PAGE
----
Now the American people, unfortunately, have grown to expect inefficiency and ineffectiveness from the House of Representatives. But this set of errors, this comedy of errors here today, is really just icing on the cake.
The Republicans have put together a partisan, omnibus bill that they later find out had a typo. Then there was an effort to correct the typo, an effort that our side was willing to allow to move forward after briefly discussing. And then inexplicably, the Republicans decided not to correct the mistake. And now it is unclear whether we are talking about a tribal recognition bill or a nonexistent bill, a bill that has not been introduced. If there is no H. Res. 783, we are referencing a nonexistent bill, unless it references H.R. 783 from a previous session. But in any event, these matters need to be corrected before we can proceed in any manner. This is an example of how the House of Representatives is run of late.
There are many bipartisan, job-creating ideas that we can take up and we should take up on behalf of the country.
Instead, we have a partisan approach that lacks bipartisan support, an innocent error made in the bill, another innocent error made in correcting the error to the bill. And that leaves us in a quandary, frankly, because we are discussing a fix to a nonexistent bill that it is hard to debate or talk about because how can one be for or against a change to a nonexistent bill. And that puts all of us in a very difficult situation.
I'm sure, Mr. Speaker, the American public, even more so, the dismay that they show at this Congress, is only doubled and tripled, just throwing up their arms and saying, How are you even talking about a bill that makes reference to and changes a nonexistent bill which may or may not be a Virginia tribal bill, an underlying bill that is a partisan bill that confuses employment with unemployment?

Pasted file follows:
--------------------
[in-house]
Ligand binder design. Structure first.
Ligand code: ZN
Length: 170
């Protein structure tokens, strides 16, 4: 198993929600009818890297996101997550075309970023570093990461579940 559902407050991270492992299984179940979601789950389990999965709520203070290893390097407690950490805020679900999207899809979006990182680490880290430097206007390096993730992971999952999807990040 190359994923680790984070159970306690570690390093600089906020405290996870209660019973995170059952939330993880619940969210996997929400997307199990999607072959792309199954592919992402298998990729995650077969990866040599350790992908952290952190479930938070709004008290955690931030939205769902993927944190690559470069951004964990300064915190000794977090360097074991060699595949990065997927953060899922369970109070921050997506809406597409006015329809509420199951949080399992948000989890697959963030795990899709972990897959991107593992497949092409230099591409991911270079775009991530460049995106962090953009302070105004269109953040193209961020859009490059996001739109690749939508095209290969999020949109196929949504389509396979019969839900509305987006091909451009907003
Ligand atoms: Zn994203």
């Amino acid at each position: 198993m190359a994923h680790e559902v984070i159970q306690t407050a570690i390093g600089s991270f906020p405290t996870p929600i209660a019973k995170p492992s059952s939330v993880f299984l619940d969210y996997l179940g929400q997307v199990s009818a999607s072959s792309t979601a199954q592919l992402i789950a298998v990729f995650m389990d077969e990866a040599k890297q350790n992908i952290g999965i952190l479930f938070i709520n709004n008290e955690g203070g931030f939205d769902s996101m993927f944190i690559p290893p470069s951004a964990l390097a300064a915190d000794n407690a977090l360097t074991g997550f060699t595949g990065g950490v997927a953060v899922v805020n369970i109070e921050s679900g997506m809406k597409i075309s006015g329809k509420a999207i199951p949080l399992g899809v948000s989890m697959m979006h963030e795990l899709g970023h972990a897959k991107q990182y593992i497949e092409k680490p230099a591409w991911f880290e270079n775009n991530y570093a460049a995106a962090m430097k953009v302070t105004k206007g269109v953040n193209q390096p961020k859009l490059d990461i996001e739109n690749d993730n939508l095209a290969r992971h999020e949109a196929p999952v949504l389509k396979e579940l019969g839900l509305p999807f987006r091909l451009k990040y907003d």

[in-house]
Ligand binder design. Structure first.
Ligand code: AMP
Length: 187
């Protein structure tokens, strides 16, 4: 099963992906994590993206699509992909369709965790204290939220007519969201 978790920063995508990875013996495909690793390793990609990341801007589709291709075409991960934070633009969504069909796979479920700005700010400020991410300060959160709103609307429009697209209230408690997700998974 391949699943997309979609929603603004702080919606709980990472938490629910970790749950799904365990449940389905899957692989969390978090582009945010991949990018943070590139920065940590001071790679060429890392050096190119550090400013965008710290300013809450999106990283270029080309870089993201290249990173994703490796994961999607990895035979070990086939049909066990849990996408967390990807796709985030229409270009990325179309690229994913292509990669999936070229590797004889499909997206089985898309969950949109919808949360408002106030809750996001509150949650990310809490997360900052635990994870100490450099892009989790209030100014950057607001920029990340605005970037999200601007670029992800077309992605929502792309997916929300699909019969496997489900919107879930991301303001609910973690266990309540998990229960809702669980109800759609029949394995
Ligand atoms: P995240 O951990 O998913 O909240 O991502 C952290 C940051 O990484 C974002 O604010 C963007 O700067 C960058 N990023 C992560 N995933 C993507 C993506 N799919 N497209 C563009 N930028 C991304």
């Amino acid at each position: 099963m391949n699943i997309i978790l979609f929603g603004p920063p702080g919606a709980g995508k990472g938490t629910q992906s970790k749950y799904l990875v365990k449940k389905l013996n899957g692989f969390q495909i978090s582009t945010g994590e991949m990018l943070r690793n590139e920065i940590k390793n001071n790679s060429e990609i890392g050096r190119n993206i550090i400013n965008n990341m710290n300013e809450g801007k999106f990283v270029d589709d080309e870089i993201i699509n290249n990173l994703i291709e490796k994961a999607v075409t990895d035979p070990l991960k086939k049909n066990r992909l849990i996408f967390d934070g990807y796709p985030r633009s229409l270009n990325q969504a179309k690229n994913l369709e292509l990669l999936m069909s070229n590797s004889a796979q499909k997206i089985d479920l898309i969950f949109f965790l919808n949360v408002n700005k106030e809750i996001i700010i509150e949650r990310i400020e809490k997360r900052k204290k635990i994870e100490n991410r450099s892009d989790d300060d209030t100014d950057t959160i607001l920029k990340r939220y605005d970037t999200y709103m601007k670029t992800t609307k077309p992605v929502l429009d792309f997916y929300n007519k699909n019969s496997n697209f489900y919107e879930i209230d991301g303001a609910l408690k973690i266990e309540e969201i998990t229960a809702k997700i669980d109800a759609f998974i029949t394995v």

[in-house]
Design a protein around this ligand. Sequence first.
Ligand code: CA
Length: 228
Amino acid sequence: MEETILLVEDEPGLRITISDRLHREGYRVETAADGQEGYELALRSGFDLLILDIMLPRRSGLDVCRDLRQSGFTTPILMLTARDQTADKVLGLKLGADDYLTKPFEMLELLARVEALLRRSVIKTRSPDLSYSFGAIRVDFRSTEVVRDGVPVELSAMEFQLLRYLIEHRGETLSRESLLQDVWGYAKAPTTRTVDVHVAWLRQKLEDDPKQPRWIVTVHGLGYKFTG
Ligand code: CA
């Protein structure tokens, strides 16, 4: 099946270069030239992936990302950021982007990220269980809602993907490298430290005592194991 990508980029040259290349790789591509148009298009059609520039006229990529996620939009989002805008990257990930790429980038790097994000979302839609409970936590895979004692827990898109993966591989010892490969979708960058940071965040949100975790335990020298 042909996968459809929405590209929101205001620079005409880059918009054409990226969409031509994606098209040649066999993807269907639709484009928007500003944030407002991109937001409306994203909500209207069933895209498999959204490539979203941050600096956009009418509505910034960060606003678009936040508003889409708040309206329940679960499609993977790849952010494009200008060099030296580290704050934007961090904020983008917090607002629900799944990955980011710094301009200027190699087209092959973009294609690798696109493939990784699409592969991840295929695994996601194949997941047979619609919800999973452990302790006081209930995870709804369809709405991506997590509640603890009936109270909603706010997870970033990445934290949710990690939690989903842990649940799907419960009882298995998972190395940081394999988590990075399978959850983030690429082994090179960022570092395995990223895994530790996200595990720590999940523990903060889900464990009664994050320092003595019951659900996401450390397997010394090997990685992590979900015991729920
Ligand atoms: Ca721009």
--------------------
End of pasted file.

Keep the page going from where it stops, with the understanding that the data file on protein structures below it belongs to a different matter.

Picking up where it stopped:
So that's where we are, Mr. Speaker. We'll get through this together. We'll move forward as a country, but we can do better.
I reserve the balance of my time.
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Mr. POLIS. I yield myself such time as I may consume.
Mr. Speaker, I didn't like this underlying bill in its original form. I voted against several components of it on Judiciary Committee, and it's a lost opportunity because there was real opportunity to do bipartisan regulatory reform. Both parties agree with streamlining government processes, reducing red tape, and helping important projects move forward, but that was the path not taken.
Unfortunately, this body is moving forward in a different way now. With the underlying flaw in the bill, I would imagine it would have very little support from either side of the aisle--namely, prohibiting agencies from promulgating regulation until employment reached, or unemployment, reached 94 percent, which is nonsensical. But even this new bill now, this correction to the bill, which corrects a nonexistent House Resolution 783, which, it has been indicated, needs to be changed. And there was an effort to do that, which was inexplicably withdrawn. No one from my party indicated that they planned to object; they simply reserved the right to object and find out what exactly was going on.
We have found out what is going on. Apparently, the Republicans need to change the resolution that is referenced in H. Res. 741. And I hope they do so. At the very least, then, this bill, while bad policy, will not be nonsensical as it is now, referencing a nonexistent bill. But consideration of all of this is the equivalent of fiddling while Rome burns.
Consideration of this rule and this bill and the change to the bill and the change to the rule that changed the bill is all a major time sink while the country has real needs, like a middle class tax cut, like investing in infrastructure and like creating jobs.
The only thing preventing tax cuts for 98 percent of Americans and 97 percent of small businesses from going into effect now is this House of Representatives. We should not hold these tax cuts hostage to a change to a bill and a change to a rule that changes a bill that doesn't exist. No--a change to a rule to a bill. Well, that's where we are today in the U.S. House of Representatives, Mr. Speaker. Frankly, Mr. Speaker, this country deserves better. I cannot support this wasteful rule or bill.
I urge a ``no'' vote on the rule and the underlying bill, and I yield back the balance of my time.